Latest job recruitment scam makes its rounds in Ontario
Published December 21, 2023 at 10:08 pm
With the holidays upon us and the end of the year just around the corner, individuals facing layoffs or financial struggles may encounter a glimmer of hope in unsolicited job offers. Yet, it’s crucial to remain vigilant as these emails, text messages, or phone calls could be another deceptive ploy devised by scammers.
In this recent scam, fraudsters will use the WhatsApp messaging platform to approach potential victims. Operating under fictitious names, the scammers adopt a friendly demeanour, claiming to be from a recruitment agency. Adding a layer of deception, they will often use names of legitimate companies, misleading individuals into believing the job offer is genuine.
In this scenario, “Hays Recruitment” is in fact an employment agency based out of Toronto. However, it may be important to note the phone number in which the message is being delivered from.
The 279 area code is associated with Sacramento, California in the United States. Individuals who might choose to do a quick search online will easily figure out that they are being duped.
The message then asks the victim if they would be open to a remote job where many roles are available including part-time and full-time positions. This enticing offer might make the individual feel that they have a chance at filling the role.
According to the Canadian Anti Fraud Centre (CAFC) fraudsters will exploit real businesses, luring victims with freelance job opportunities to promote products, apps, or videos using software they’ve developed.
Once a victim installs the software and creates an account, they’re assigned “orders” or “tasks” to complete. To deceive victims further, they may receive a modest payment or commission, making it seem like the job is “real.”
The CAFC says, since Aug. 25 (2023) the company has seen an increase in these job opportunity scams.
Here are some of the common scams as outlined by the CAFC:
- Counterfeit Cheque—in this scam, fraudsters target individuals who post resumes online, offering various job opportunities such as caregiver, administrative assistant, and data entry clerk. They will follow-up by sending a fake cheque, accompanied by a fabricated story and will request the recipient to cash it. They will also ask for a portion of the funds to be returned back to the fraudster.
- Mystery Shopper—under the guise of various roles such as mystery shopper, quality control officer, client service strategist, or personal assistant, scammers will dispatch notices along with a cheque and instructions. The victim will be asked to deposit the funds into a personal bank account and transfer a substantial amount to a specified account. Additionally, fraudsters may request the victim to purchase gift cards, and provide them the numbers (found at the back of the card) for validation purposes. Throughout the process, the scammer will prompt the victim to submit customer service surveys, making it seem like a legitimate job. Eventually, the victim will discover that the deposited cheque was counterfeit, leaving them in debt to the bank.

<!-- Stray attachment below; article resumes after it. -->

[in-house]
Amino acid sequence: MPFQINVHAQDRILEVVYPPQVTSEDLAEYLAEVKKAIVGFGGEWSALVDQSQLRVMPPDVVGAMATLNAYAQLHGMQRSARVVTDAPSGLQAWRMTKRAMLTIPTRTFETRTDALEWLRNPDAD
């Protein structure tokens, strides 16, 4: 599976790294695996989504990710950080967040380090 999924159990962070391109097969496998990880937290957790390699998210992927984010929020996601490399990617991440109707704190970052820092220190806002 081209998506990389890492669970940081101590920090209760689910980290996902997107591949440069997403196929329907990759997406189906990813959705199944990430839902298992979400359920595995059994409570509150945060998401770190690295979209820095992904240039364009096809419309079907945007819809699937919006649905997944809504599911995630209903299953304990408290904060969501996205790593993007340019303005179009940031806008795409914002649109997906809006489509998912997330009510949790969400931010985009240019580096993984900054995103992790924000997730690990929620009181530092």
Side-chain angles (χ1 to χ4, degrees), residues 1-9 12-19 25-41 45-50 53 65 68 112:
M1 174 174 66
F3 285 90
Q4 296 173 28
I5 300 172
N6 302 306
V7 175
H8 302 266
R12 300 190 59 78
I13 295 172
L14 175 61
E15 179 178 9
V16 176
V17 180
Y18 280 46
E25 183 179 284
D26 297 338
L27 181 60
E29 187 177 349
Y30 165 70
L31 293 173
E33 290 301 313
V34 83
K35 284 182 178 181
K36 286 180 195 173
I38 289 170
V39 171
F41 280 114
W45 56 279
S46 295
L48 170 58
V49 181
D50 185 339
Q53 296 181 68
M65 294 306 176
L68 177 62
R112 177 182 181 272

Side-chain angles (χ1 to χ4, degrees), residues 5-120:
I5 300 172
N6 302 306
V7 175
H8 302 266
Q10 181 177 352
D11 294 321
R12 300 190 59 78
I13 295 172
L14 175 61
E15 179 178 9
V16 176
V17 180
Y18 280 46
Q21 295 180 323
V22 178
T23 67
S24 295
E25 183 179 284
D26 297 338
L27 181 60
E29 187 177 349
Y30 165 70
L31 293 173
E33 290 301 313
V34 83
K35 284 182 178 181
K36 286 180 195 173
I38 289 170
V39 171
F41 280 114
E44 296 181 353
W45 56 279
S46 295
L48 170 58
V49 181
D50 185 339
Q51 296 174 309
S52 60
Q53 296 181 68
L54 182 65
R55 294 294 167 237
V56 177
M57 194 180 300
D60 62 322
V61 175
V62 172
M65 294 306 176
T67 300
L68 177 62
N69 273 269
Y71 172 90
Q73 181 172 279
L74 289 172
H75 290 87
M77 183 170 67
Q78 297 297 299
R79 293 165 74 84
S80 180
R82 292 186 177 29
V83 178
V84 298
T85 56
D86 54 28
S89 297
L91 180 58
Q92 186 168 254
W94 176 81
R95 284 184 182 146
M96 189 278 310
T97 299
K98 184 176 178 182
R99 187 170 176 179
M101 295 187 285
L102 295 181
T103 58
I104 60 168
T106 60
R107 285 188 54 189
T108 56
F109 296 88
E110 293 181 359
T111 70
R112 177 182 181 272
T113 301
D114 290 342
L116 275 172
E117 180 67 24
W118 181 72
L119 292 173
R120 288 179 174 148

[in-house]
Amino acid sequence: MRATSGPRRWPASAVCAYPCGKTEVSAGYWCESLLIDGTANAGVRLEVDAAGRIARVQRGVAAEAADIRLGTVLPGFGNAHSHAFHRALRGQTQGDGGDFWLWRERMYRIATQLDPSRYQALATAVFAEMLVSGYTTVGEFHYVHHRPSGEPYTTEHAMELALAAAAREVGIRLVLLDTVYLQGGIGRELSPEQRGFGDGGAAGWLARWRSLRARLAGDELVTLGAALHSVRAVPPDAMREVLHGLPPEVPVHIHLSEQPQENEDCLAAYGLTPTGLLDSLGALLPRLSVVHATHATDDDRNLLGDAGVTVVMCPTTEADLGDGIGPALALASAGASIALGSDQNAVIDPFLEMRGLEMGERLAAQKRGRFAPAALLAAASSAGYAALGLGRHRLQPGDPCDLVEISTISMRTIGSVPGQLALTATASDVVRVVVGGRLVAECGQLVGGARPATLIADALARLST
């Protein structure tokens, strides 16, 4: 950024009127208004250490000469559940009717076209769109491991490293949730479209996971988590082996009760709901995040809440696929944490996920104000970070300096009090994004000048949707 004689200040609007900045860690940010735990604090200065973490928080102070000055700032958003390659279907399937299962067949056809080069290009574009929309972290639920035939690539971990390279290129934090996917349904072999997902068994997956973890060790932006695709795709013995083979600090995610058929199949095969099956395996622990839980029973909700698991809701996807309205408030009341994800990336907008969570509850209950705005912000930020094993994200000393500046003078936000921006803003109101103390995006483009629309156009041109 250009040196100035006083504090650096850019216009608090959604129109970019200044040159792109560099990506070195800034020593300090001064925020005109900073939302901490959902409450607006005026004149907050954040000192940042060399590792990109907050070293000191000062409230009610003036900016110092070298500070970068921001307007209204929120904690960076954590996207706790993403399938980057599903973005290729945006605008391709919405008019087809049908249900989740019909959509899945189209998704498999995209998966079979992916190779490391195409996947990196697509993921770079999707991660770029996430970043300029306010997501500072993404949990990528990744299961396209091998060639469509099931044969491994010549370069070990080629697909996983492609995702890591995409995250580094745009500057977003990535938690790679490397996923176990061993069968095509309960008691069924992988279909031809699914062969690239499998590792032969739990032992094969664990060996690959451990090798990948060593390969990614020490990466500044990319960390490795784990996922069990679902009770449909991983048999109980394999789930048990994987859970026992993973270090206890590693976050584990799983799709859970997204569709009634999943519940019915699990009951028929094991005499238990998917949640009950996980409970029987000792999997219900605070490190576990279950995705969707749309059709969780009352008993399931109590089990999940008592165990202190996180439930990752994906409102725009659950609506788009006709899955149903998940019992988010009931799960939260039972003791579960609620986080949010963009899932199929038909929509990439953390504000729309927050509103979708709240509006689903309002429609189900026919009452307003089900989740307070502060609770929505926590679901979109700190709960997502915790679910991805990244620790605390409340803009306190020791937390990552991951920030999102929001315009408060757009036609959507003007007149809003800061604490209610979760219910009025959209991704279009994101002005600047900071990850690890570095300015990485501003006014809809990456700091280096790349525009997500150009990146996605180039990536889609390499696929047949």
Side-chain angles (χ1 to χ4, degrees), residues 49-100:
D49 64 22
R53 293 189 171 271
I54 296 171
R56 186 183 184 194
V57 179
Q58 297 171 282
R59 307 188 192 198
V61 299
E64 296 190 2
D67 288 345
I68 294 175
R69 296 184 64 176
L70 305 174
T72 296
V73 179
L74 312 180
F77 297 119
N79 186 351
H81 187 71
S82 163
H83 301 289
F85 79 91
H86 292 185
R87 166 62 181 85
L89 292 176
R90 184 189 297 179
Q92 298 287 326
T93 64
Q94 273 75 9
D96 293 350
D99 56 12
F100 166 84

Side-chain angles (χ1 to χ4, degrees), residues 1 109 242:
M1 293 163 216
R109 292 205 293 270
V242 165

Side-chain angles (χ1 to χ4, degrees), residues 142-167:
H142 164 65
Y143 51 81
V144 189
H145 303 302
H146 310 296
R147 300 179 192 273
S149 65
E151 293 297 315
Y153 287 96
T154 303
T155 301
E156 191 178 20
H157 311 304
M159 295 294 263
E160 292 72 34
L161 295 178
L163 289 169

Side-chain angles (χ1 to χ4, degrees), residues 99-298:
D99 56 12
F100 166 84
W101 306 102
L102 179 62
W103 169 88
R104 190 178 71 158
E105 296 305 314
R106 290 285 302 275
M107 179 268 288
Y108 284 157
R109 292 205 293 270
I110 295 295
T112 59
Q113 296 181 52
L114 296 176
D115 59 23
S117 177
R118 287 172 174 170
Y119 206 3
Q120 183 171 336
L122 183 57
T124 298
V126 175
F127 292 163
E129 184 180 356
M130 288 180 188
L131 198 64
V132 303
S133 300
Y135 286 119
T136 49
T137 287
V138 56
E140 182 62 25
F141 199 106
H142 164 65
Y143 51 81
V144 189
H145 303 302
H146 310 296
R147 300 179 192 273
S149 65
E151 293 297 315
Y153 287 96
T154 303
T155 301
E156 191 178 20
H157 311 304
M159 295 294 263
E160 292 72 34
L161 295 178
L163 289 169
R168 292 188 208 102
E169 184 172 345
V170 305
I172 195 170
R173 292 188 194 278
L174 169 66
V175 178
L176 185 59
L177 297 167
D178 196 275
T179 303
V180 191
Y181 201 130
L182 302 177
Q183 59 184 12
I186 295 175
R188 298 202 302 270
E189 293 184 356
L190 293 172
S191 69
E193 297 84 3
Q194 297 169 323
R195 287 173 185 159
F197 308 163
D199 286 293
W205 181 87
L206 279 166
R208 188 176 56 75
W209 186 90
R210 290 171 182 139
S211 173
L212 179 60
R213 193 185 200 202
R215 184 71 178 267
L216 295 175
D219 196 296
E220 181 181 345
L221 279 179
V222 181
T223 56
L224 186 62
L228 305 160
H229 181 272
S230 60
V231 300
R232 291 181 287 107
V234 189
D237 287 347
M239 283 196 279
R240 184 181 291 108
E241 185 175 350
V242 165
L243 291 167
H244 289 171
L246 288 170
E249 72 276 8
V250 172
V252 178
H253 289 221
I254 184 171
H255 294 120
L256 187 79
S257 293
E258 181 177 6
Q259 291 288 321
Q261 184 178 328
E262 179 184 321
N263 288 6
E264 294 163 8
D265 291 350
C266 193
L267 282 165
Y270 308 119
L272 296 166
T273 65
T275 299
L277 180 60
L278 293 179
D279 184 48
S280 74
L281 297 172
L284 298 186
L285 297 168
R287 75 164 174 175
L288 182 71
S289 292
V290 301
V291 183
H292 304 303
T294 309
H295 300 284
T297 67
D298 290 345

Though crimes of this nature will never completely go away, as of June 30 (2023) there’s been a notable decrease in reported incidents.
These numbers reveal a significant decline from 92,078 reported cases in 2022 to 32,458, showcasing a 65% reduction.
Victims of fraud have also seen a substantial drop from 57,578 in 2022 to 21,299, representing a 63% decrease.
Financial losses due to fraud have also decreased from $531 million in 2022 to $283.5 million, indicating a 47% improvement.
The CAFC continues to advise residents to never share personal information with unverified people or groups. That includes information such as your name, address, birthdate, social insurance number, and credit card or banking information.
Additionally, individuals should block the number and avoid responding to the message as it could lead to a scammer getting a hold of important personal information.insauga's Editorial Standards and Policies advertising